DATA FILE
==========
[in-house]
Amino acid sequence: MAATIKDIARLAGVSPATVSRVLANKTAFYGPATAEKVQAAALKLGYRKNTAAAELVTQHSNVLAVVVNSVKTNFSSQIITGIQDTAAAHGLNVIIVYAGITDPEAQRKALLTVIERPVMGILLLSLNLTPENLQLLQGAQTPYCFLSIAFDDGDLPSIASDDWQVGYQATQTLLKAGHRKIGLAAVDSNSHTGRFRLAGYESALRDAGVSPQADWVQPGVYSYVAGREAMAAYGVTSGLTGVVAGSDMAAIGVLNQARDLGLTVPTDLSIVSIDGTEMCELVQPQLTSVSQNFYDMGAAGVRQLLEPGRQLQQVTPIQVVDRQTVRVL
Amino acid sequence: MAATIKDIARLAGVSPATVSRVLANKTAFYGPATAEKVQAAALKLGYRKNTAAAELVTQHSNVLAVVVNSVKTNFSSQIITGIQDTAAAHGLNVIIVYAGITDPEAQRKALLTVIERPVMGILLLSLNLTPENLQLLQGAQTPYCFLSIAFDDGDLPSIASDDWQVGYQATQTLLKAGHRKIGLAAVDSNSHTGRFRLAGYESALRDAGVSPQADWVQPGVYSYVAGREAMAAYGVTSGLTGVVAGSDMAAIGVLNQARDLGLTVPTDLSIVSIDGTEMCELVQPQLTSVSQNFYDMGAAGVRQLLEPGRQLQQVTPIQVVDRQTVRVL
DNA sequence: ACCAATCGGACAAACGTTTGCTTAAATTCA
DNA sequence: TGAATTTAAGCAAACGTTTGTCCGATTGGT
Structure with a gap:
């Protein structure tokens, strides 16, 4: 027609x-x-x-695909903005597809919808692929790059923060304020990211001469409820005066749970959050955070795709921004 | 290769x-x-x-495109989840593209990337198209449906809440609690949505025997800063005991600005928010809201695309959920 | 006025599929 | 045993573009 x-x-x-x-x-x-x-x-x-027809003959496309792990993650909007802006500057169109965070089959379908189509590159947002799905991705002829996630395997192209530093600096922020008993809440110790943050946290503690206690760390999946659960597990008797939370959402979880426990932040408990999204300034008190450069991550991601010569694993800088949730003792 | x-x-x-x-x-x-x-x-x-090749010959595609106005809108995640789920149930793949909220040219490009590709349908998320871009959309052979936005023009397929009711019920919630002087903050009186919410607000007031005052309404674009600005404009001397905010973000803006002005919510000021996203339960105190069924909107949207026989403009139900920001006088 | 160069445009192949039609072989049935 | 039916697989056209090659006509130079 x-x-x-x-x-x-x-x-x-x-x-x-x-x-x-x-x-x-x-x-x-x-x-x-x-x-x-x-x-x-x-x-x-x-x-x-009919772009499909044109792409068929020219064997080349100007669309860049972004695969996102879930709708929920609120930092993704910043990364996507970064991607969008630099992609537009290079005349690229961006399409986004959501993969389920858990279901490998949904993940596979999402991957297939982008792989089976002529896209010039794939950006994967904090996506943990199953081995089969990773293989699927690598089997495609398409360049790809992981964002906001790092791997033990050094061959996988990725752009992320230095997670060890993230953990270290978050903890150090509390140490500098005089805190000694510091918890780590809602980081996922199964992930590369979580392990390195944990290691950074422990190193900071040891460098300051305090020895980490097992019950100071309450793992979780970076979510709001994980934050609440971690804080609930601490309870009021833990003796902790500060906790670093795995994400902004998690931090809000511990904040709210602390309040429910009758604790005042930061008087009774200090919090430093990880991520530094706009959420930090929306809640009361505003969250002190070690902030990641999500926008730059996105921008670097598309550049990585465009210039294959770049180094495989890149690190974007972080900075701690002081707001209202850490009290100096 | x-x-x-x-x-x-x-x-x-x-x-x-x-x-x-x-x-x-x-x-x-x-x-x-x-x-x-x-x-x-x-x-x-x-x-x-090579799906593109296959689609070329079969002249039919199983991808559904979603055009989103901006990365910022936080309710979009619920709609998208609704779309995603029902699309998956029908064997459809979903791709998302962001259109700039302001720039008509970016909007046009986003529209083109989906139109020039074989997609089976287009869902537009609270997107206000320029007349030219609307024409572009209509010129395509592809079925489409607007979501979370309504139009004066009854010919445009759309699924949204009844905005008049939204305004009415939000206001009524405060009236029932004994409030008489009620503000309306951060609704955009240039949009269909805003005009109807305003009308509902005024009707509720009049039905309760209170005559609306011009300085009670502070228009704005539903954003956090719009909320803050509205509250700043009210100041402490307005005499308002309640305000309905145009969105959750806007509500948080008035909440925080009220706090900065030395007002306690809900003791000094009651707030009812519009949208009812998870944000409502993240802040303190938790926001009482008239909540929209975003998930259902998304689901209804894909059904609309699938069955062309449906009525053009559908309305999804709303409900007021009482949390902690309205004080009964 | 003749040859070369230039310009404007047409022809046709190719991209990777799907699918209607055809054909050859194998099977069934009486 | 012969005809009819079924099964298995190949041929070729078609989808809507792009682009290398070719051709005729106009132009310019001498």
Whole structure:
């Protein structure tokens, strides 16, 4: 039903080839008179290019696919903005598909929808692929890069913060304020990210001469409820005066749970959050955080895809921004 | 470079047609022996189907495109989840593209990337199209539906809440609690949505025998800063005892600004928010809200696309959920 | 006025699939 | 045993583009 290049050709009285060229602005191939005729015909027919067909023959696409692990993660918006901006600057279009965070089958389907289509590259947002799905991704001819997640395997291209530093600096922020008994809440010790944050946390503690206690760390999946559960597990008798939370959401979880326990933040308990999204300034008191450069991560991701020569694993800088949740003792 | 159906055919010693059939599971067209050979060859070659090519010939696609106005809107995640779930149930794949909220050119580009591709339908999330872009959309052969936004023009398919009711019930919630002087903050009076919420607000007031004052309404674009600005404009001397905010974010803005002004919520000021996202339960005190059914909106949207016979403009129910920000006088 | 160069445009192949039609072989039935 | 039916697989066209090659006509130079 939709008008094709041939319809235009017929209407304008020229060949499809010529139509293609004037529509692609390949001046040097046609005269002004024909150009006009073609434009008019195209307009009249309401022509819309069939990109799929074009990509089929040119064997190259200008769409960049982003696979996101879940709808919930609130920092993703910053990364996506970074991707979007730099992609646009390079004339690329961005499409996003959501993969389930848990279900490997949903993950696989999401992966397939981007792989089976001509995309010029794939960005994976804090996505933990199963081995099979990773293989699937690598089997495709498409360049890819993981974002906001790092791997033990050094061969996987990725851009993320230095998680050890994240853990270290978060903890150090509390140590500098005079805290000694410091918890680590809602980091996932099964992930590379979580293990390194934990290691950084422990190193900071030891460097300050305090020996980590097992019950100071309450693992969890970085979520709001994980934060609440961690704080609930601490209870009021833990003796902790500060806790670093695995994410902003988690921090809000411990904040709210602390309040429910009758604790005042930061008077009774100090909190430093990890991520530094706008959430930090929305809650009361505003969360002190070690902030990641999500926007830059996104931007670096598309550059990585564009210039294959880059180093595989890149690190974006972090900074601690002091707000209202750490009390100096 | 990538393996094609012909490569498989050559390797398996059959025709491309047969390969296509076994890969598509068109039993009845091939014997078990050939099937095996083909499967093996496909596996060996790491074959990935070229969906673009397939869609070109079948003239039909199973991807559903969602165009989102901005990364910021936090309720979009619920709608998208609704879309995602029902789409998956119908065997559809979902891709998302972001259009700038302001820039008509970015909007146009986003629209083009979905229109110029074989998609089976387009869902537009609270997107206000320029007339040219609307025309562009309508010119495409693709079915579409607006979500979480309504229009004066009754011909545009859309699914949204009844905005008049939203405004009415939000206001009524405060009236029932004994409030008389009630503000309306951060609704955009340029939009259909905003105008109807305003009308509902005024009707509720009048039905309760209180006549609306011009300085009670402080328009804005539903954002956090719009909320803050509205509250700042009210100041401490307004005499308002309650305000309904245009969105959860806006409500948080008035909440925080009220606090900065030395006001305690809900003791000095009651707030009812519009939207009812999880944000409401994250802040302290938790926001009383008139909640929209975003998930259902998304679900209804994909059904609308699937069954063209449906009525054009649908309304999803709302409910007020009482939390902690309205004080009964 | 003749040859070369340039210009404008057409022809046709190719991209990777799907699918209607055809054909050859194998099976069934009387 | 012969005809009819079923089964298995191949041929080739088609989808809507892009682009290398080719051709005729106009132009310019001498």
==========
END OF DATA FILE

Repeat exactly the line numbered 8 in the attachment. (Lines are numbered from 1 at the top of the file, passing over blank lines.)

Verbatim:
Whole structure: